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Federal Communications Commission
Washington, D.C. 20554
In the Matter of )
TravelCenters of America ) File Number EB-05-PO-029
Troutdale, Oregon ) NAL/Acct. No.
NOTICE OF APPARENT LIABILITY FOR FORFEITURE
Released: July 27,
By the Resident Agent, Portland Office, Western Region,
1. In this Notice of Apparent Liability for Forfeiture
("NAL"), we find that TravelCenters of America
(``TravelCenters'') in Troutdale, Oregon, apparently willfully
and repeatedly violated Section 302(b) of the Commissions Act
of 1934, as amended (``Act''),1 and Section 2.803(a)(1) of the
Commission's Rules (``Rules'')2 by offering for sale a non-
certified Citizens Band (``CB'') transceiver. We conclude,
pursuant to Section 503(b) of the Act,3 TravelCenters is
apparently liable for a forfeiture in the amount of seven
thousand dollars ($7,000).4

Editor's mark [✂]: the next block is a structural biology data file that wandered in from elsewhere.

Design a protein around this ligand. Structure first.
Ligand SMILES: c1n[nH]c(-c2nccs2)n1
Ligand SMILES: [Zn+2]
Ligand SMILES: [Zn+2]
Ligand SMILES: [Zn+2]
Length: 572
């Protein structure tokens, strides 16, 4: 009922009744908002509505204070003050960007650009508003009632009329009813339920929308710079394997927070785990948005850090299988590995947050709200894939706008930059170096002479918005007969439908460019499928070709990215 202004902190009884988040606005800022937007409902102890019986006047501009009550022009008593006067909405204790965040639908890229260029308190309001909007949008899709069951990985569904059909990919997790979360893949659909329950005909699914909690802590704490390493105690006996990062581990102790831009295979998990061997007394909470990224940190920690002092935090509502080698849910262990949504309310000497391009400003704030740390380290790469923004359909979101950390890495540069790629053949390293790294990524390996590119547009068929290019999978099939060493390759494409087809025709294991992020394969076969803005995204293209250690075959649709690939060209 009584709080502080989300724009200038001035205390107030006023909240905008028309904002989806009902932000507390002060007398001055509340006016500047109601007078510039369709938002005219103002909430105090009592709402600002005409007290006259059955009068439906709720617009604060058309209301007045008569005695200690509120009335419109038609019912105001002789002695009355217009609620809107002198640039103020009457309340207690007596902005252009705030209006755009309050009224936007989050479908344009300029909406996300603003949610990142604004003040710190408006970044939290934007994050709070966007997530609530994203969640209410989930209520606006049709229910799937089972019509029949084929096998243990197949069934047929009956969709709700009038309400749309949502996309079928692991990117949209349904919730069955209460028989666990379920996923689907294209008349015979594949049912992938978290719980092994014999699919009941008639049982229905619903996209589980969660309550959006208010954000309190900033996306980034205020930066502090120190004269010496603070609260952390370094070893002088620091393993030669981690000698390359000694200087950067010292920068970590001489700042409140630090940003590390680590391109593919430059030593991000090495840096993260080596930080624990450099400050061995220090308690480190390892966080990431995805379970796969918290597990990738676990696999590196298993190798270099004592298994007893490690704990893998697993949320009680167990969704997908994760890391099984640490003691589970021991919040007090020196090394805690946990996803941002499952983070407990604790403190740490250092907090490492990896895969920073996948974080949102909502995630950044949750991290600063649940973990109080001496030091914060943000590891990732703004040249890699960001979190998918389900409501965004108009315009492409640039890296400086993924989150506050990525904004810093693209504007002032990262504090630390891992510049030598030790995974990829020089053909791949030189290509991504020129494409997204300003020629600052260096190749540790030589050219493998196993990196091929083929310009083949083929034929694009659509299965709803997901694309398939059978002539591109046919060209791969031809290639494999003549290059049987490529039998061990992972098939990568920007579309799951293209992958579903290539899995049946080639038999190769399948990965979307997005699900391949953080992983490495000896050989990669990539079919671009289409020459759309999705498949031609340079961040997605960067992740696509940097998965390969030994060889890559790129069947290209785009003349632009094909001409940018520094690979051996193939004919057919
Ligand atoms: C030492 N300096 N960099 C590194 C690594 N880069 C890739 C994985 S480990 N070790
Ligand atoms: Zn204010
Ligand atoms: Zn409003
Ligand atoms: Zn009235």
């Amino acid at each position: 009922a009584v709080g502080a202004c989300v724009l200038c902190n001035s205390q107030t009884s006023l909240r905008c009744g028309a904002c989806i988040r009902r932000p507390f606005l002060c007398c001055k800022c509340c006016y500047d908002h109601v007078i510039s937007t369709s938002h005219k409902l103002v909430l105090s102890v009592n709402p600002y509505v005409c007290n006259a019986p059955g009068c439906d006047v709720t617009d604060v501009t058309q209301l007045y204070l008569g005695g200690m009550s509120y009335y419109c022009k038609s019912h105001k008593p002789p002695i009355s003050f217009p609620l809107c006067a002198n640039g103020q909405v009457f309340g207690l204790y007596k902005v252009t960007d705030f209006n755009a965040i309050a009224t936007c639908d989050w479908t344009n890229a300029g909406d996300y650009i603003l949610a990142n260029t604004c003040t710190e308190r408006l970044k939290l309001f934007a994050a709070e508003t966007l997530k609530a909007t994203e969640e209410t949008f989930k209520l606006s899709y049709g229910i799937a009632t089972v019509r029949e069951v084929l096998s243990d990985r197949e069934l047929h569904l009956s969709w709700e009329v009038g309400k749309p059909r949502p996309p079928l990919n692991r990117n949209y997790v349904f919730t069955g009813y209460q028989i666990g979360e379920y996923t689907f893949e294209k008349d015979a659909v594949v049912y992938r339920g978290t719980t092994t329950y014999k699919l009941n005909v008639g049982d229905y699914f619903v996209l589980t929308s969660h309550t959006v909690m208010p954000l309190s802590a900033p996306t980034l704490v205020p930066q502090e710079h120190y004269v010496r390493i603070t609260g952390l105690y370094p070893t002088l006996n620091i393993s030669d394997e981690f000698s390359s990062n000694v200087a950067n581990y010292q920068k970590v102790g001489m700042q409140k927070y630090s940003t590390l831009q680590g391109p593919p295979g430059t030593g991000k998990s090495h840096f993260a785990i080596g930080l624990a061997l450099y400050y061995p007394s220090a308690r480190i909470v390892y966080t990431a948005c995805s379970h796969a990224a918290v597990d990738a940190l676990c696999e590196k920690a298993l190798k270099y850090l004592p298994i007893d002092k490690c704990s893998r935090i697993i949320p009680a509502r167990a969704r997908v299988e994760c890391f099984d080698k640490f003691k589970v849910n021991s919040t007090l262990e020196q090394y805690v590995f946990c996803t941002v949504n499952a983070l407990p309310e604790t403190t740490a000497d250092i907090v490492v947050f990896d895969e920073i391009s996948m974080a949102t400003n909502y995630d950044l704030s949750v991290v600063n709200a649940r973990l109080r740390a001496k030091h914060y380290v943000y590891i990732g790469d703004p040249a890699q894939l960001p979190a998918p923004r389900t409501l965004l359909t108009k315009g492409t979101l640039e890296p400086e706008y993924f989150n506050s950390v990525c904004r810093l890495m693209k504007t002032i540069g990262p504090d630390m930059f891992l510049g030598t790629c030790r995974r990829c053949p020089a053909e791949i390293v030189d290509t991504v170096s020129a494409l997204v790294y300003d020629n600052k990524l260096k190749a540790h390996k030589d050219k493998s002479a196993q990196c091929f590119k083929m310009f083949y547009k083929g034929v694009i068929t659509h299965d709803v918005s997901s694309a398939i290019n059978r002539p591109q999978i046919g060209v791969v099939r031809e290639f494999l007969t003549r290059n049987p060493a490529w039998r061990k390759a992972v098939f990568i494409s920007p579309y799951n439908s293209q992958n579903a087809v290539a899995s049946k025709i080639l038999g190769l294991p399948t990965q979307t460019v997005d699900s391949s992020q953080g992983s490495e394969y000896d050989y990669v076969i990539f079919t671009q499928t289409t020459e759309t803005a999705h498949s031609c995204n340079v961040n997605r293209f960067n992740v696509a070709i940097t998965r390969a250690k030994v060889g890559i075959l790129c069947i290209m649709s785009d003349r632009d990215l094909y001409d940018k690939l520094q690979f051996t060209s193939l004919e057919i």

2. On October 25, 2001, an agent from the Enforcement
Bureau's Portland Resident Agent Office (``Portland Office'')
visited TravelCenters' retail store in Troutdale, Oregon. The
agent observed that the store displayed and offered for sale
six models of CB transceivers, specifically, one Delta Force
transceiver and five Galaxy transceivers models DX33HML, DX44V,
DX66V, DX88HL and DX99V. A review of the Commission's records
revealed that these devices had not received an equipment
authorization from the Commission.
3. On November 19, 2001, the Portland Office issued a
Citation to TravelCenters' retail store in Troutdale, Oregon
for violation of Section 302(b) of the Act, and Section
2.803(a)(1) of the Commission's Rules by selling non-certified
CB transceivers.5 The Citation warned TravelCenters that
future violations may subject TravelCenters to civil monetary
forfeitures not to exceed $11,000 for each violation or each